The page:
Why hast thou lost the fresh blood in thy cheeks,
And given my treasures and my rights of thee
To thick-eyed musing, and curst melancholy?
In thy faint slumbers I by thee have watched
And heard thee murmur tales of iron wars,
Speak terms of manage to thy bounding steed,
Cry ‘Courage! To the field!’ And thou hast talked
Of sallies, and retires, of trenches, tents,
Of palisadoes, frontiers, parapets,
Of basilisks, of cannon, culverin,
Of prisoners’ ransom, and of soldiers slain,
And all the currents of a heady fight.
Thy spirit within thee hath been so at war
And thus hath so bestirred thee in thy sleep,
That beads of sweat have stood upon thy brow
Like bubbles in a late-disturbed stream,
And in thy face strange motions have appeared,
Such as we see when men restrain their breath
On some great sudden hest. O, what portents are these?
Some heavy business hath my lord in hand,
And I must know it, else he loves me not.
Bend Thine Eyes: Look towards/Stare
Start: Jump in fright
Treasure: Marital intimacy/Love/Affection
Parapets: Defensive Walls
Basilisks, Cannon, Culverin: Different Canons
Heavy Business: Serious
Oh my good Lord, why are you always alone?
What have I done wrong to be not allowed into our bed these past two weeks?
Tell me my sweet lord what’s taken away your appetite, your desires and your sleep?
Why do you stare at the ground and jump in fright so often when you’re sitting alone?
Why have you lost the colour in your cheeks and given away the intimacy of our marriage, which is my right as your wife to some deep, dark, melancholy?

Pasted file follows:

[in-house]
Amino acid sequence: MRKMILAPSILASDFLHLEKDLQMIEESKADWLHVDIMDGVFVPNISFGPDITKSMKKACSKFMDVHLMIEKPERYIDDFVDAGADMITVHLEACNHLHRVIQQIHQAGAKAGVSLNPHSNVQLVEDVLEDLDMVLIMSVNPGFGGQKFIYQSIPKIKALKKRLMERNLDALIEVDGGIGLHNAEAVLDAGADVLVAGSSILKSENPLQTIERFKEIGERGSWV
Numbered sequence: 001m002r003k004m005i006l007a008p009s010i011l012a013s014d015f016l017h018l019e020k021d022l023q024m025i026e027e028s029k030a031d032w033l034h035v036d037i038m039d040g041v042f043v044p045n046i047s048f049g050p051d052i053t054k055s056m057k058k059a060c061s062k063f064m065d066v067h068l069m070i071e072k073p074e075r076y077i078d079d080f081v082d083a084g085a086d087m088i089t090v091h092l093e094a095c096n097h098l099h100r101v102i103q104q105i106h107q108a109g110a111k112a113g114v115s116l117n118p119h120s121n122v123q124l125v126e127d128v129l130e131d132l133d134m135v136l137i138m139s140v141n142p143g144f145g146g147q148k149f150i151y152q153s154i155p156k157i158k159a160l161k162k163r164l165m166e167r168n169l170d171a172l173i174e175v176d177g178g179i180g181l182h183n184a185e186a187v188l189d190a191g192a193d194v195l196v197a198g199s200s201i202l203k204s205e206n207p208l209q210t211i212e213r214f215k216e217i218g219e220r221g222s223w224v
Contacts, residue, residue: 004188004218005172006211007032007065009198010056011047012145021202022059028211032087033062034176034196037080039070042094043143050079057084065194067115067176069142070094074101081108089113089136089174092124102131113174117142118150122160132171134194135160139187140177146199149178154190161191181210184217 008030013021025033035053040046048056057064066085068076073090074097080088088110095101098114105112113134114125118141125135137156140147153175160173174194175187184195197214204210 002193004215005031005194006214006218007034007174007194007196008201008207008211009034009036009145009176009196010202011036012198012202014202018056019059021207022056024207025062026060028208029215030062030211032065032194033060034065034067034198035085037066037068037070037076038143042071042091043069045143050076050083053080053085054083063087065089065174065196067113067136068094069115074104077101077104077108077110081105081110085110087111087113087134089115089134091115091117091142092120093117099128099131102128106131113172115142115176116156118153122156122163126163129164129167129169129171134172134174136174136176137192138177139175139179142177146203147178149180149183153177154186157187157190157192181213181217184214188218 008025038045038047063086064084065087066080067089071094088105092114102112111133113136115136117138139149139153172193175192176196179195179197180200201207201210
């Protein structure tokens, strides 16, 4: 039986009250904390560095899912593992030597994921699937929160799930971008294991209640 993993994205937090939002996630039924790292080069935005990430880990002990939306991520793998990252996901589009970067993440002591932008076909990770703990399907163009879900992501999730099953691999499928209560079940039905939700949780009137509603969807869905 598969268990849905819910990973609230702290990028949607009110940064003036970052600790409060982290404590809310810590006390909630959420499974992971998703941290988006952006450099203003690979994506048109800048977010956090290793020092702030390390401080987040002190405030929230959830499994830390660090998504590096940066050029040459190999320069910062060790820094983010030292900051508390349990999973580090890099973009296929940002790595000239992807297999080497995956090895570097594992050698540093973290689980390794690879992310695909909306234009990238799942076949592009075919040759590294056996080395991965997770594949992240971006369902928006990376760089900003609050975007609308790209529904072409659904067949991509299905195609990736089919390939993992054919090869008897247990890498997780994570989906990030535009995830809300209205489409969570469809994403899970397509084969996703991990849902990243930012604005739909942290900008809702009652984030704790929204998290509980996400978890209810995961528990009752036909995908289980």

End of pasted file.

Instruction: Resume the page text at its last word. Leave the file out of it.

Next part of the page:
I’ve watched you sleep and heard you murmur tales of war.
I’ve heard you command your horse.
Scream out: “Courage!”, “To the field!” and you’ve talked about advances, retreats, trenches, tents, barricades, ramparts and walls. You’ve talked about different types canons, prisoners of war, soldiers who’ve been killed, and all the ups and downs of a battle.
Your soul has been at war so much and because of that you’ve slept so badly that beads of sweat have come onto your forehead like bubbles in disturbed water.
You’ve made strange expressions like a man who’s been given some sudden request.
What are these signs of?
You’ve got something serious in your hands and you must tell me it or you don’t love me.
Notes on Performance
Objective is key here. Lady Percy is trying desperately to get some answers out of her husband so use that to your advantage. Chase your objective and let it drive you through the speech.
High emotional content means digging deep! So don’t be afraid to dive in but always do it safely. However this is a great opportunity to explore those heightened emotions and stakes that Shakespeare always offers.
Lastly, try to flesh out in your mind what this relationship really is between these two. It is a history play so there are certain things to take into account. How often do they see each other, was this marriage arranged, and is there a lot of love and affection usually in this relationship.